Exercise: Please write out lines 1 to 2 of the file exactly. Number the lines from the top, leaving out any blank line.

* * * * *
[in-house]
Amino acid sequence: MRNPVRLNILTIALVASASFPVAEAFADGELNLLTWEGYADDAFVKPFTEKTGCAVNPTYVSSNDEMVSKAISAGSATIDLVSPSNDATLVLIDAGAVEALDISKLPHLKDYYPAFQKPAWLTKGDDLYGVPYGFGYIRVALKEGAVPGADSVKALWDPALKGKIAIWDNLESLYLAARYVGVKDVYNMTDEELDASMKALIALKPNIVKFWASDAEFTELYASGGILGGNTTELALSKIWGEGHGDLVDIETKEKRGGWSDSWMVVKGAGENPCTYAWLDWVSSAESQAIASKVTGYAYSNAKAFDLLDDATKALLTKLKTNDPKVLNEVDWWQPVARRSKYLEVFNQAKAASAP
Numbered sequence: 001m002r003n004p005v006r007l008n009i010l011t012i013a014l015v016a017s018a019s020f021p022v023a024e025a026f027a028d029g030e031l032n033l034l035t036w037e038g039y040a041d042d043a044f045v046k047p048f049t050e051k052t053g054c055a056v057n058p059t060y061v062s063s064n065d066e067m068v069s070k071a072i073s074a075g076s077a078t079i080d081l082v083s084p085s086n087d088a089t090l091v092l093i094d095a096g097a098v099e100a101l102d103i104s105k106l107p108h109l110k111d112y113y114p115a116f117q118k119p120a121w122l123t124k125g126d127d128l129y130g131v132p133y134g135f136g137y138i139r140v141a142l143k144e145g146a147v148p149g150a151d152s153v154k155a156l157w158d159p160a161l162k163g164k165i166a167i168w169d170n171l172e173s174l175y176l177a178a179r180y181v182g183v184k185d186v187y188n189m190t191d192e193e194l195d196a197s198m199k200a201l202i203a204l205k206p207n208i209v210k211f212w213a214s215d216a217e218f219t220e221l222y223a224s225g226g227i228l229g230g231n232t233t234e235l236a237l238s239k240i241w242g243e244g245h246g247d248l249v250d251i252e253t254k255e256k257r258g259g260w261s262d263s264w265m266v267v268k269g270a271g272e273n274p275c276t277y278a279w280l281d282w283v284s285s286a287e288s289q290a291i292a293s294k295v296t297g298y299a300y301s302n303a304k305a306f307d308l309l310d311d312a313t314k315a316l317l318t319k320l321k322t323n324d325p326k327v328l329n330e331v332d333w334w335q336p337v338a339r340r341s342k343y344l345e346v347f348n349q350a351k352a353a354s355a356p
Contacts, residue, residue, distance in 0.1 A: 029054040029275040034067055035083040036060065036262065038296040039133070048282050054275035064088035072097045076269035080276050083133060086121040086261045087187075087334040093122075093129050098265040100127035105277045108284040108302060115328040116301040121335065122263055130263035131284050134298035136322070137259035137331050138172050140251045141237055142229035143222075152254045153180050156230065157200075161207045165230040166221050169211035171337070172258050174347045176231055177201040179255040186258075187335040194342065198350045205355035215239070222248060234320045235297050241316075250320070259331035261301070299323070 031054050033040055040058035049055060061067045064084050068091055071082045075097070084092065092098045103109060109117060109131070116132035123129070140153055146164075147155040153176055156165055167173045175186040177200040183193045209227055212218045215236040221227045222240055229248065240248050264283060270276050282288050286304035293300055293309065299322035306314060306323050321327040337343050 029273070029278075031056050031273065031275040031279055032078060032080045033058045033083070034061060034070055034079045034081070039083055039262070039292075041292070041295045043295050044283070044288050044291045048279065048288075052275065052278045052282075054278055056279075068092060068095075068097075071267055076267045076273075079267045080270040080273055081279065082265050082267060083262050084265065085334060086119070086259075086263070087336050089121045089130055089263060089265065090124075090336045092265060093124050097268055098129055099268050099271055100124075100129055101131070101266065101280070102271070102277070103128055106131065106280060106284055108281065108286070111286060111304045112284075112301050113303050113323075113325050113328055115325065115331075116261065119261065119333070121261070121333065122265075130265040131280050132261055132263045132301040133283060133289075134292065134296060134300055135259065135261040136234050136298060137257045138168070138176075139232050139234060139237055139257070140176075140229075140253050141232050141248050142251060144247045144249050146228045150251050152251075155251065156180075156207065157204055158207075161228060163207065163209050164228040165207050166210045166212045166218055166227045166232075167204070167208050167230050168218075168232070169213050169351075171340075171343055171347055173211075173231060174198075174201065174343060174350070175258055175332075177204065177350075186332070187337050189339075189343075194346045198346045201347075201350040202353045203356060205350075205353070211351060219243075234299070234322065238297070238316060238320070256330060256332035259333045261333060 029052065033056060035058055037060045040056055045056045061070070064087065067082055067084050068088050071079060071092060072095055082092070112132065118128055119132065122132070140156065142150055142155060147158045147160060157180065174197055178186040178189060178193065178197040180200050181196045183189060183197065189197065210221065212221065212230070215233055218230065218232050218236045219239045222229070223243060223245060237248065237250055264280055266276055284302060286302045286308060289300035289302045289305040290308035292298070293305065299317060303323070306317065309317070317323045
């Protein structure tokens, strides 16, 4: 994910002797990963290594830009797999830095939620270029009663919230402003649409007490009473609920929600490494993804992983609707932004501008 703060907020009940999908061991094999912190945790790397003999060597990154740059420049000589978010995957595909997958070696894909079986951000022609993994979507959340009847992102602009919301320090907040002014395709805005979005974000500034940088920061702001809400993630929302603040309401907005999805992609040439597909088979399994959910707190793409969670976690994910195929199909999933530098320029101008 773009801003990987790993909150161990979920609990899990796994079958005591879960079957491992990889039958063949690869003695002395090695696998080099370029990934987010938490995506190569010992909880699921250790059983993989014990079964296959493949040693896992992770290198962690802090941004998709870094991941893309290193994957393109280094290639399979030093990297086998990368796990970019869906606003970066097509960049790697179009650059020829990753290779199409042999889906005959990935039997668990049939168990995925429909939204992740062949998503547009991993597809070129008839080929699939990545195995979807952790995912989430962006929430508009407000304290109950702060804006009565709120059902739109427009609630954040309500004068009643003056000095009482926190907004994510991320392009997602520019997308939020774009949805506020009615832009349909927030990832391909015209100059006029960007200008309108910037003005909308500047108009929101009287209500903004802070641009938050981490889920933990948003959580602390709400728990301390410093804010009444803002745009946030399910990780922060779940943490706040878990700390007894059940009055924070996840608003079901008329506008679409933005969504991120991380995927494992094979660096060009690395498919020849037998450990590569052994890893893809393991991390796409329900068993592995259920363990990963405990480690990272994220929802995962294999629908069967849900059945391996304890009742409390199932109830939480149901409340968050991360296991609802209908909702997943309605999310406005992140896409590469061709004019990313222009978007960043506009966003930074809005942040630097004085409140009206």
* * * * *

[in-house]
Amino acid sequence: MRNPVRLNILTIALVASASFPVAEAFADGELNLLTWEGYADDAFVKPFTEKTGCAVNPTYVSSNDEMVSKAISAGSATIDLVSPSNDATLVLIDAGAVEALDISKLPHLKDYYPAFQKPAWLTKGDDLYGVPYGFGYIRVALKEGAVPGADSVKALWDPALKGKIAIWDNLESLYLAARYVGVKDVYNMTDEELDASMKALIALKPNIVKFWASDAEFTELYASGGILGGNTTELALSKIWGEGHGDLVDIETKEKRGGWSDSWMVVKGAGENPCTYAWLDWVSSAESQAIASKVTGYAYSNAKAFDLLDDATKALLTKLKTNDPKVLNEVDWWQPVARRSKYLEVFNQAKAASAP